In early January about a dozen middle school girls from the Community Bridges-Dream Catchers mentoring program converged on Pyramid Atlantic—a respected print and paper arts institution in Silver Spring MD, to make handmade paper that would be used in their one-of-a kind, artists’ books.
I met the girls late last year during orientation for the month long program called YES (The Youth Empowerment and Skills program) which is a unique collaboration between Pyramid, Dream Catchers, Maryland Department of Juvenile Services and the Montgomery County Department of Recreation. The program would include papermaking, collage, storytelling and job training skills workshops.
Pyramid’s Resident Papermaker, Gretchen Schermerhorn, and artist Beth Schaible introduced the art of papermaking and provided direction as the girls sloshed through water at their feet and sticky pulp in their hands. I assisted as they formed their sheets, mixed pulp paint, and made their color choices. Dream Catchers program coordinator, Jenna Fletcher, worked with a group of girls in another room on job skills.
In the papermaking studio were vats of pulp made from blue jeans mixed in a huge Hollander beater and other vats with pulp made from cotton fibers and another containing rich purple pulp.
To form a sheet of small paper, the girls had to grip the mold and deckle and pull it through the water, with the bottom end first. It then required them to lift both to the surface in one continuous motion.
Each girl made many small sheets of paper that would be used to create collages as well as cut-out images for their books. I will demonstrate the collage technique in an upcoming workshop. The girls laughed and sometimes winched when they immersed their hands into the cold mushy solution to break up clumped fibers. Some experimented and added inclusions like yarn or leaves to their sheets.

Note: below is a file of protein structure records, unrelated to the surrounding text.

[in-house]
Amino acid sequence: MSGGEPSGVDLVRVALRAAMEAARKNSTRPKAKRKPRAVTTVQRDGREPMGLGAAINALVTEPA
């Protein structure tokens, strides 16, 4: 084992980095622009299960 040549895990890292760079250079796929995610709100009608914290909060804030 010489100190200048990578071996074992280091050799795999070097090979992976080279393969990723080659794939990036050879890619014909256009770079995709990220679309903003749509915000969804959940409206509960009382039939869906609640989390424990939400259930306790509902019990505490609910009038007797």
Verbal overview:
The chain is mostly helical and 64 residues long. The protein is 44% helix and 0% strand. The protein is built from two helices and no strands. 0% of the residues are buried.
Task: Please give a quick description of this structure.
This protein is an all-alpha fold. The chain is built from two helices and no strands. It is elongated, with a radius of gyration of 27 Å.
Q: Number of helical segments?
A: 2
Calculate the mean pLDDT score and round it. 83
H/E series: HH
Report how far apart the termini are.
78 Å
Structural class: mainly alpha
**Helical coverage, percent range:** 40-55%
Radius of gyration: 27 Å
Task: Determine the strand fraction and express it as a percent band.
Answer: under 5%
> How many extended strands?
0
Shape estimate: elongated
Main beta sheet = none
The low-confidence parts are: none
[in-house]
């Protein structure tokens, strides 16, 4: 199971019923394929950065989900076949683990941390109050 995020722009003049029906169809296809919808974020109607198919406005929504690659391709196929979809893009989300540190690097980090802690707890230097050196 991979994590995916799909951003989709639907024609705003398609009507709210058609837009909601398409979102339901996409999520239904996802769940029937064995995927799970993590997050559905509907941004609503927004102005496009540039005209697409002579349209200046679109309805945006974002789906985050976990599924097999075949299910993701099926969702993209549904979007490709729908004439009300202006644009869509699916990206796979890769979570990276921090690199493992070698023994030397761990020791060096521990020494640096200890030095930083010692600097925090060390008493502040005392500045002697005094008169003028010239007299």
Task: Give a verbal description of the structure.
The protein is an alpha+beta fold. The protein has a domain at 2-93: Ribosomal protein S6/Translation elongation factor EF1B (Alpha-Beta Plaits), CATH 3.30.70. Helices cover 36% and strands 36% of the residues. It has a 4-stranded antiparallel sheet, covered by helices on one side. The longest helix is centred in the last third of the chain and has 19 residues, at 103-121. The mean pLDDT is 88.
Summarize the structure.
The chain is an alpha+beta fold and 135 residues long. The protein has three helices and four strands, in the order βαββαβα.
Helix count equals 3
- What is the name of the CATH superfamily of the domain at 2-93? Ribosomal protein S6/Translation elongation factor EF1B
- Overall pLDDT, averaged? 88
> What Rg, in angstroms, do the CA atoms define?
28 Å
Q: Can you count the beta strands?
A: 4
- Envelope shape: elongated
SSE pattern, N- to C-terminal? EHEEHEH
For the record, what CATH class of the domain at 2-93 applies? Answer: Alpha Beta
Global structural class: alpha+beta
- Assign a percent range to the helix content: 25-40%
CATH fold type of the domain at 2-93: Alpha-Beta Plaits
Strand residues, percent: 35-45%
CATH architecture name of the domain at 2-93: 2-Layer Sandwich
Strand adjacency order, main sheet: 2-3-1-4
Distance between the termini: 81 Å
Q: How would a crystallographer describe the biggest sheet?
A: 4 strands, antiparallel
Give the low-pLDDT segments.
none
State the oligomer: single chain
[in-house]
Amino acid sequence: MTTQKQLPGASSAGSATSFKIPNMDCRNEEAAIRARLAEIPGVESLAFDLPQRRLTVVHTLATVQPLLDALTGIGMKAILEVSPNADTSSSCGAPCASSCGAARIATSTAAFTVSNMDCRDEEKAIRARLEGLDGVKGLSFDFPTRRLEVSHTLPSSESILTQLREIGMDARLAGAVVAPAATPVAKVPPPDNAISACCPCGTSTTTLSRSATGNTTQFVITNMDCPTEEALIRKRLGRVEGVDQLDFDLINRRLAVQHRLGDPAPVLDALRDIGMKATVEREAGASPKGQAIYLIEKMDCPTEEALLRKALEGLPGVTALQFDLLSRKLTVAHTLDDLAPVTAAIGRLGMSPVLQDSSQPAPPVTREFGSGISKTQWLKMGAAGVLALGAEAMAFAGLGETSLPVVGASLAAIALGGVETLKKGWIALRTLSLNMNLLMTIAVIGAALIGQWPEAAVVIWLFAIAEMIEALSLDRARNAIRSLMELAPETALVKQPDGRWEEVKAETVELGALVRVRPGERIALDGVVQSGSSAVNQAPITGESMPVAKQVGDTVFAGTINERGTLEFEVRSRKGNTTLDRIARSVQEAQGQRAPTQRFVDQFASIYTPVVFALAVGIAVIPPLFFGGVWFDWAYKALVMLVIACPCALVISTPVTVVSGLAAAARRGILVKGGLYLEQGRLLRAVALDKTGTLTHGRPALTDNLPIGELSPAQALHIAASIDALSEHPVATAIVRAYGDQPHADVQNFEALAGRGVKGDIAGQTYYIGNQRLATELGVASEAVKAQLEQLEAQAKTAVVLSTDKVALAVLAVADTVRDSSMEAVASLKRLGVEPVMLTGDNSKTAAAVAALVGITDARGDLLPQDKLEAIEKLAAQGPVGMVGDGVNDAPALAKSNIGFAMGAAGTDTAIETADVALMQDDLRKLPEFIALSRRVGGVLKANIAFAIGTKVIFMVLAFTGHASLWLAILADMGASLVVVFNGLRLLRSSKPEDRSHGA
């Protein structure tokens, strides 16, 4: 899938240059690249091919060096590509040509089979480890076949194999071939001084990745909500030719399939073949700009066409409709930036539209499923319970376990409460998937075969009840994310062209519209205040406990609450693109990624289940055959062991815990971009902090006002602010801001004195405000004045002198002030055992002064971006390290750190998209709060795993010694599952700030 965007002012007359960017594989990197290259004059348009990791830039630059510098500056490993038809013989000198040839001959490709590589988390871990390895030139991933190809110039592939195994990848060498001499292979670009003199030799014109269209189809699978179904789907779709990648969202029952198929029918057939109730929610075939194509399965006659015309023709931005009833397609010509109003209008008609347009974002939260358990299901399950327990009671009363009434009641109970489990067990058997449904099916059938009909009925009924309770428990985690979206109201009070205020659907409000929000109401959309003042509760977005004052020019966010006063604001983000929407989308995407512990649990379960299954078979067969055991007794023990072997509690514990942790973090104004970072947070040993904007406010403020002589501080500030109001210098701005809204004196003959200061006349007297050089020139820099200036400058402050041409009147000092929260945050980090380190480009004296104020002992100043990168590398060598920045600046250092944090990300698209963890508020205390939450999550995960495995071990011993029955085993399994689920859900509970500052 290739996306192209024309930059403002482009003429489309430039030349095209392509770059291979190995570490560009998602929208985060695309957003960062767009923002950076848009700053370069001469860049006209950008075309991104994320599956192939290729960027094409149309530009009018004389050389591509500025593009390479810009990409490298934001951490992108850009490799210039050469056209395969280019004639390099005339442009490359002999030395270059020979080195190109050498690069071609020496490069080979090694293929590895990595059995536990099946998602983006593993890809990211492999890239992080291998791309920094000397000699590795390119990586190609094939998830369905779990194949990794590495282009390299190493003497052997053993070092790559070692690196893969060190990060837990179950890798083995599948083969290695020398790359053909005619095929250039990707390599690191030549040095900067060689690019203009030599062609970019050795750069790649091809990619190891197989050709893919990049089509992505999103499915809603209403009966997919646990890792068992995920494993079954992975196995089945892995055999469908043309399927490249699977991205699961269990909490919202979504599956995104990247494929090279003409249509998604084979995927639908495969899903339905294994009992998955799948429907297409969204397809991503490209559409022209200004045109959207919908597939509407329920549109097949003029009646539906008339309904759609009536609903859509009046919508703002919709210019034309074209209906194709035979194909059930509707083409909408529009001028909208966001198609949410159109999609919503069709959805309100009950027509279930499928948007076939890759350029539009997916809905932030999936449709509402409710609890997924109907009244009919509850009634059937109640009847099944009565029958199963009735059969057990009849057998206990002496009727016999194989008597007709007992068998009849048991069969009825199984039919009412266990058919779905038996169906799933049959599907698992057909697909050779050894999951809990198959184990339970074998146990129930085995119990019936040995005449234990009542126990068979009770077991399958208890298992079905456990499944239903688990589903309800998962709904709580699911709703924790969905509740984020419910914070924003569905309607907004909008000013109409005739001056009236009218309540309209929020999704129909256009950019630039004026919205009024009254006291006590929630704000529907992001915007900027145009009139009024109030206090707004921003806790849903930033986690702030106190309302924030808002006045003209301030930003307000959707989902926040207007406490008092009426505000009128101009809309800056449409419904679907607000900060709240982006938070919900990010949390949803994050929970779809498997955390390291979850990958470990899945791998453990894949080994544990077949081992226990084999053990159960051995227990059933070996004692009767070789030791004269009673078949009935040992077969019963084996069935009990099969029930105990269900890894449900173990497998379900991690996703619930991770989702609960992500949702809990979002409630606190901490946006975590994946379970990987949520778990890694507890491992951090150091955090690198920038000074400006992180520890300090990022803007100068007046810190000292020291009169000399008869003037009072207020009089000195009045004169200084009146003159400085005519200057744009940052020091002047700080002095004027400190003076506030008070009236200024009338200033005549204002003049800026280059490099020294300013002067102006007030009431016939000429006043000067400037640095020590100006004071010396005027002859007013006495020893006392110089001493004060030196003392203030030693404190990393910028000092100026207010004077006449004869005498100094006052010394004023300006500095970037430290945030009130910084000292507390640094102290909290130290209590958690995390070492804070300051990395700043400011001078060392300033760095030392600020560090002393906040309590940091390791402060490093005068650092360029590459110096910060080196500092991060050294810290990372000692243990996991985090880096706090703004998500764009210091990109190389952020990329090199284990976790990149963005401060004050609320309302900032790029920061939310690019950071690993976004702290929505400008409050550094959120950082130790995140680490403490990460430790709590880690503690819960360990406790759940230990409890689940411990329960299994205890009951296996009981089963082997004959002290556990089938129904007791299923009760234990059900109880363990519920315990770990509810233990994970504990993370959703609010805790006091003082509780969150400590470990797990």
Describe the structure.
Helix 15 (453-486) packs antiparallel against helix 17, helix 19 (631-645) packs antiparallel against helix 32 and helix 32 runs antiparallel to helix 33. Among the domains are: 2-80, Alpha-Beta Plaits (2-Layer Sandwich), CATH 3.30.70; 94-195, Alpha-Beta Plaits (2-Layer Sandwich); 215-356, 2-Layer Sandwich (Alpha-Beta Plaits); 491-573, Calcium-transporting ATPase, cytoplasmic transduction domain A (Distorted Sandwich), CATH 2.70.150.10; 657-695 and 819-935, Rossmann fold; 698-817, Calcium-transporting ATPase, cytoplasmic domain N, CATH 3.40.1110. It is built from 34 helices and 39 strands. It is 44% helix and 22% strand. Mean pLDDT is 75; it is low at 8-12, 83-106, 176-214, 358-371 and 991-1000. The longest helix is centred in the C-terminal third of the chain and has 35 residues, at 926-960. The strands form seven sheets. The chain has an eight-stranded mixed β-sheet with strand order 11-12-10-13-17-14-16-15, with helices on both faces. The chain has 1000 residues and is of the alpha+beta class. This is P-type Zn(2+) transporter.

Every girl created one deckled sheet over five feet long. The tedious process began by measuring the pulp taken from large vats and mixing it with a small amount of a slime-like substance. The solution was then stirred and carefully poured into a long wooden frame, while someone else shook the frame from side to side to avoid clumps from forming. After the water drained from the sheet, it was then flipped onto a couching table and then painted with colored pulp squeezed from plastic bottles. After drying for a day or so, the long sheet would then be folded into an accordion book. Other elements will be added to the book in future workshops.
The girls created beautiful paper that day and were anxious to see what it would finally look like after it was pressed and dried. I was thrilled that they had this amazing experience and excited about leading the next workshop where I will teach the girls a paper decorating technique called paste paper.
Posted in February, 2008